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North Dallas Plastic Surgery News

Dr. Harlan Pollock was a Surgeon During the Vietnam War

An article was published 1970 about the plastic surgery service of Dr. Harlan Pollock during the Vietnam War. Dr. Pollock, then Major Pollock, taught the Vietnamese surgeons how to correct deformaties caused by war and poverty. Dr. Pollock served in the Vietnam War from 1967-1971 and retired as a Lieutenant Colonel, US Army, with a Bronze Star.

Here is a PDF link to the scan of the original newspaper article ». In case it's easier to read, below is the text of that newspaper article:

Face The Future
by Len Brown (1970)

Plastic surgery skills in Vietnam help the maimed….

MEDICINE is regarded almost everywhere as a useful art and its practitioners are considered healing artists. But in Vietnam the doctor is regarded as a sort of magician who does away with ailments and hurts.

Major Harlan Pollock, plastic surgeon on the staff of 3d Field Hospital in Saigon, doesn't regard himself as a magician although some of his work in correcting physical deformities caused by war and poverty may seem magical. Most of his patients are Vietnamese with cleft palates or hare lips. He regards their afflictions as important as wounds. To him it is imperative that those with physical defects lead normal lives after the fighting is ended.

Major Pollock has already operated on more than 50 patients. He spends one morning weekly in Saigon's Cong Hoa Hospital assisting Vietnamese physicians with patients who need relatively simple plastic surgery. He considers this an opportunity to train his Vietnamese colleagues to carry on the work.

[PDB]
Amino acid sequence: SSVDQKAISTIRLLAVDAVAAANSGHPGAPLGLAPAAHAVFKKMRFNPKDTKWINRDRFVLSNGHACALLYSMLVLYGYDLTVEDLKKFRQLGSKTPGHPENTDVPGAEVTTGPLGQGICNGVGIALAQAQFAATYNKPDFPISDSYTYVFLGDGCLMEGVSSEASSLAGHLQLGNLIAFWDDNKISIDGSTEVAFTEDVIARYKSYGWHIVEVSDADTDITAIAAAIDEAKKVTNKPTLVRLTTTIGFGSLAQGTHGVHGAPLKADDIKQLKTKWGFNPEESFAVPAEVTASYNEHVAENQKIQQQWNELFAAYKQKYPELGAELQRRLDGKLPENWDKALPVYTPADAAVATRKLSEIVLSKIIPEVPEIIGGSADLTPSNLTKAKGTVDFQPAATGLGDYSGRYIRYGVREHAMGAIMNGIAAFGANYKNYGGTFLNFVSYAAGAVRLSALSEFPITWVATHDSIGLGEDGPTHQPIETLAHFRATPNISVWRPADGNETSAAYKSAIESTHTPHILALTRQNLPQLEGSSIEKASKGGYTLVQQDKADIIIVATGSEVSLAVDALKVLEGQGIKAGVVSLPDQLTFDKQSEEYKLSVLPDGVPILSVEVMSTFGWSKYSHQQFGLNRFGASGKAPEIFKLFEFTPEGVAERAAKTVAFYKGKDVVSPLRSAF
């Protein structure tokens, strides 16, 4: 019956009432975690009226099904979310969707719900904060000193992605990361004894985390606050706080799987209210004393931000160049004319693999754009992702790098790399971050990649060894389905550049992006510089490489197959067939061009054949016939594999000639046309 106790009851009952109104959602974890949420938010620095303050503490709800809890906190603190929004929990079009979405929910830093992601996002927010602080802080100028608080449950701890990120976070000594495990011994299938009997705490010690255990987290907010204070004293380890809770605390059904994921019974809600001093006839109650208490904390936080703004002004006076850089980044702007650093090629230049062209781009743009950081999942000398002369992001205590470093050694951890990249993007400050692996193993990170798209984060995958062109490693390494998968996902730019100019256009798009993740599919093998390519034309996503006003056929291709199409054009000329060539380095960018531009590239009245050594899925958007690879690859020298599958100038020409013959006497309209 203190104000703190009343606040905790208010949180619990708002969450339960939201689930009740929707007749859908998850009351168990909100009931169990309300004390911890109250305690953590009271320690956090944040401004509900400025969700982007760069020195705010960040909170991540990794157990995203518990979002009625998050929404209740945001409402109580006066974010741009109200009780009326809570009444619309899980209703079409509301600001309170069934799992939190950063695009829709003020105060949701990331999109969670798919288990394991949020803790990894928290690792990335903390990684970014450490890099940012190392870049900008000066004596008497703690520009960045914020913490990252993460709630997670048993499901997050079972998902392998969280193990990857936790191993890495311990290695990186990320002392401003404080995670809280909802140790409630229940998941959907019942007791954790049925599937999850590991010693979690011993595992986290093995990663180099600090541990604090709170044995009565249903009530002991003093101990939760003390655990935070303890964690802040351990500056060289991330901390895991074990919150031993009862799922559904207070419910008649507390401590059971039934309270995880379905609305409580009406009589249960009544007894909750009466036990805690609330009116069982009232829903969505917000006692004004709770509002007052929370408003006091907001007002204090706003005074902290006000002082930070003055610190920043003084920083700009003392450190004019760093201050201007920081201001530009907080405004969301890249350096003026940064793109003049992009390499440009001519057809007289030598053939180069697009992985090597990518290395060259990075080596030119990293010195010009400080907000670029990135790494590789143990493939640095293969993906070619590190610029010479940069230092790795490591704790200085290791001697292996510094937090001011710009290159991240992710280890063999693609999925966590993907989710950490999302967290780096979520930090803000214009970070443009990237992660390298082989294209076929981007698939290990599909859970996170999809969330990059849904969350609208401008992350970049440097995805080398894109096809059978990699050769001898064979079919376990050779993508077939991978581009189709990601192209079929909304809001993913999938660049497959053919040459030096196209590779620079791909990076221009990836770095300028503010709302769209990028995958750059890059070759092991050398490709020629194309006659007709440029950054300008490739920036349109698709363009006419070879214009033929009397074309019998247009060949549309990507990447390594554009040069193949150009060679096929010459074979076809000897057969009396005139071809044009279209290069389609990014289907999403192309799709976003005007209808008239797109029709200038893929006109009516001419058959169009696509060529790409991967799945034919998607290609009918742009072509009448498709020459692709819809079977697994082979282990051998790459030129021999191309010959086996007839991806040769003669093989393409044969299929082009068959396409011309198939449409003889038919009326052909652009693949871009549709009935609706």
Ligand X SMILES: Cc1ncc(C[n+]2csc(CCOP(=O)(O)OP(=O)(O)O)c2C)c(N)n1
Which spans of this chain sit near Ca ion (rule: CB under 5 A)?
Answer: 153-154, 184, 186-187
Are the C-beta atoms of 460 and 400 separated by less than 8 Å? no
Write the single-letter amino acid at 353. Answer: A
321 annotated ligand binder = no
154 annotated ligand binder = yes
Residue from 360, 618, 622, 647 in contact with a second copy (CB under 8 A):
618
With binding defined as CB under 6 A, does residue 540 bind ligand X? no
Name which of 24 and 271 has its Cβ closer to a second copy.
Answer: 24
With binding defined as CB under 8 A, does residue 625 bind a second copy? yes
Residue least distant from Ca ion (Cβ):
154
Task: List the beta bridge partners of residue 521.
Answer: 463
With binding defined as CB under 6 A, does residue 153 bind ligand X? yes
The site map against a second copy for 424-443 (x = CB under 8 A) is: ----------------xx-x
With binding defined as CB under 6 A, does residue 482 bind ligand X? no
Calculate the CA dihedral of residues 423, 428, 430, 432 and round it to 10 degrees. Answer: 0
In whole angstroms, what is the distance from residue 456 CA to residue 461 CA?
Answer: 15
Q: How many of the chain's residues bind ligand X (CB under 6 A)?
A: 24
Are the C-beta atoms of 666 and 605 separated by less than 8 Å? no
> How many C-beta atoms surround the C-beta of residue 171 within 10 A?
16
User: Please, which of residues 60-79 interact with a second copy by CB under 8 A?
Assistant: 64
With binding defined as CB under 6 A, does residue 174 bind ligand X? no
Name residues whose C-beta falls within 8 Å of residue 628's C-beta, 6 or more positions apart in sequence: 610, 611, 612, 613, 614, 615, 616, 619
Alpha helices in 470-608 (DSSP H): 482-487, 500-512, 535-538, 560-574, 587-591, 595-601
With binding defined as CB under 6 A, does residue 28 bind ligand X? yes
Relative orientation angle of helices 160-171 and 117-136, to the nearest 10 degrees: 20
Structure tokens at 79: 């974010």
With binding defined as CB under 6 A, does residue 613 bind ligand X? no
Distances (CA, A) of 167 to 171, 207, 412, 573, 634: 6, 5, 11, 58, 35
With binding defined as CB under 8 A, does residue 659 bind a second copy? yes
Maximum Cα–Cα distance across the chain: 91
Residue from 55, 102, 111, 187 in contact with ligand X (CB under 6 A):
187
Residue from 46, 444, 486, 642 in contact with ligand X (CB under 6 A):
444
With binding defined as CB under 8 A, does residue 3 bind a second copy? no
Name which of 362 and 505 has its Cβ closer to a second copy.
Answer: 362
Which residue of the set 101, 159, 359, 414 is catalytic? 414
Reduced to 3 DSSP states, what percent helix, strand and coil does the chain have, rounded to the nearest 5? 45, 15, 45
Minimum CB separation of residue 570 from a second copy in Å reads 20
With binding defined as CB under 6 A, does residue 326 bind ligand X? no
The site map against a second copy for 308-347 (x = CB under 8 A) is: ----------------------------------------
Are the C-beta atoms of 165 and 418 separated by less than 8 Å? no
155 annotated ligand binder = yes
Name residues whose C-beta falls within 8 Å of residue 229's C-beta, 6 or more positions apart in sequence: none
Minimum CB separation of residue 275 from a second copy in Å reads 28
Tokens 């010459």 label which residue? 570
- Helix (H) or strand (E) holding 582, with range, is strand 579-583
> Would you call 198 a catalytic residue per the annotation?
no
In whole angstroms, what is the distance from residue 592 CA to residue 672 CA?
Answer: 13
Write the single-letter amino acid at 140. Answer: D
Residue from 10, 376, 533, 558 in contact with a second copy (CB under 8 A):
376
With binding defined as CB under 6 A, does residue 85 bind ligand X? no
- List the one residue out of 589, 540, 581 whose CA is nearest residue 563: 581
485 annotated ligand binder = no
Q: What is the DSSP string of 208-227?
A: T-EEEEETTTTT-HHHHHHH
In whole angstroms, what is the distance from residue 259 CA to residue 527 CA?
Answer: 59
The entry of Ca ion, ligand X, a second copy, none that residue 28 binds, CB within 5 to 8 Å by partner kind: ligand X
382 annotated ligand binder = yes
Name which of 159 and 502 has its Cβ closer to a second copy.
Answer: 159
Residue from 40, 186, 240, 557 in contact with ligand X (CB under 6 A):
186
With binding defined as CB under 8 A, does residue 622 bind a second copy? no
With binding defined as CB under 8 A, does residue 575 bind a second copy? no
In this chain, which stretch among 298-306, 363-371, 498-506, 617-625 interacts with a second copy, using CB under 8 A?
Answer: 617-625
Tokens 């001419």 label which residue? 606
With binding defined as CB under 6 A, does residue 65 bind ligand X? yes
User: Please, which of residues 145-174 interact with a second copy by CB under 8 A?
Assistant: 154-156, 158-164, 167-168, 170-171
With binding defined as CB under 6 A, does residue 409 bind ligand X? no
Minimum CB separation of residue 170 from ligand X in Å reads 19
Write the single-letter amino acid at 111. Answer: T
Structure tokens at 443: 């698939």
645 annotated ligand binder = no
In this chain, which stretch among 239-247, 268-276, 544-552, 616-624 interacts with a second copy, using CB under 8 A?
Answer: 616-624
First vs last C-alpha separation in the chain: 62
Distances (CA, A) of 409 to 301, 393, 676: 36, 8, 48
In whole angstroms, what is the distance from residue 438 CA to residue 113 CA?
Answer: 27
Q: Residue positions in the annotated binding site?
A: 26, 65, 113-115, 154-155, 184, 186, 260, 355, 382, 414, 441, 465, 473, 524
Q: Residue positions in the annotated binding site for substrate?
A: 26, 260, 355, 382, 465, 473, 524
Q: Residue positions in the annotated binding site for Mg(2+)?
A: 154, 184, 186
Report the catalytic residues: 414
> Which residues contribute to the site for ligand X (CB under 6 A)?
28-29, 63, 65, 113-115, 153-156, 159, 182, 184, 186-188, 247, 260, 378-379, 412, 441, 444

"I feel there are enough elemental operations that need to be done to give the Vietnamese doctors a real grasp of plastic surgery," Pollock says. "One's first inclination is to move into some of the more complex surgery to give the patients relied as soon as possible. But these doctors must learn to perform the operations that are within the capabilities of their own skills and equipment. The razzle-dazzle of intricate plastic surgery I could perform would perhaps help one patient," he explains. "But it's frustrating to Vietnamese doctors who know that they wouldn't be able to duplicate that effort because of lack of sophisticated equipment or training. Consequently, our program here is geared to help the greatest number."

A tour on the wards with Major Pollock is much like trouping through a gallery with a master craftsman as he explains some of the complexities of his profession. Over there is a burn patient. Down the hall is one with no upper lip.

He stops at the bed of a Vietnamese soldier whose nose was blown away by a land mine. Major Pollock explains his plans for the soldier. "I built the little nub that you see there with a piece of his abdominal wall. The next step will be to take some bone and use it for a bridge. In a few months he should look quite normal. You can usually tell when the patient begins to notice physical improvement because there is psychological change as well."

The 33 year-old Army Physician from Columbus, Ohio, is a graduate of Ohio State University Medical School. He served his internship at Parkland Memorial Hospital in Dallas, Tex.

After training 1 year in the Burn Unit at Brooke Army Hospital, Fort Sam Houston, Tex., and 2 years as a plastic surgery resident in Walter Reed Army Hospital in Washington, D.C., Major Pollock speaks of his Vietnam surgical service, "I've worked hard to get here but this is where it begins to count."

Back to Dr. Harlan Pollock's Biography Page »

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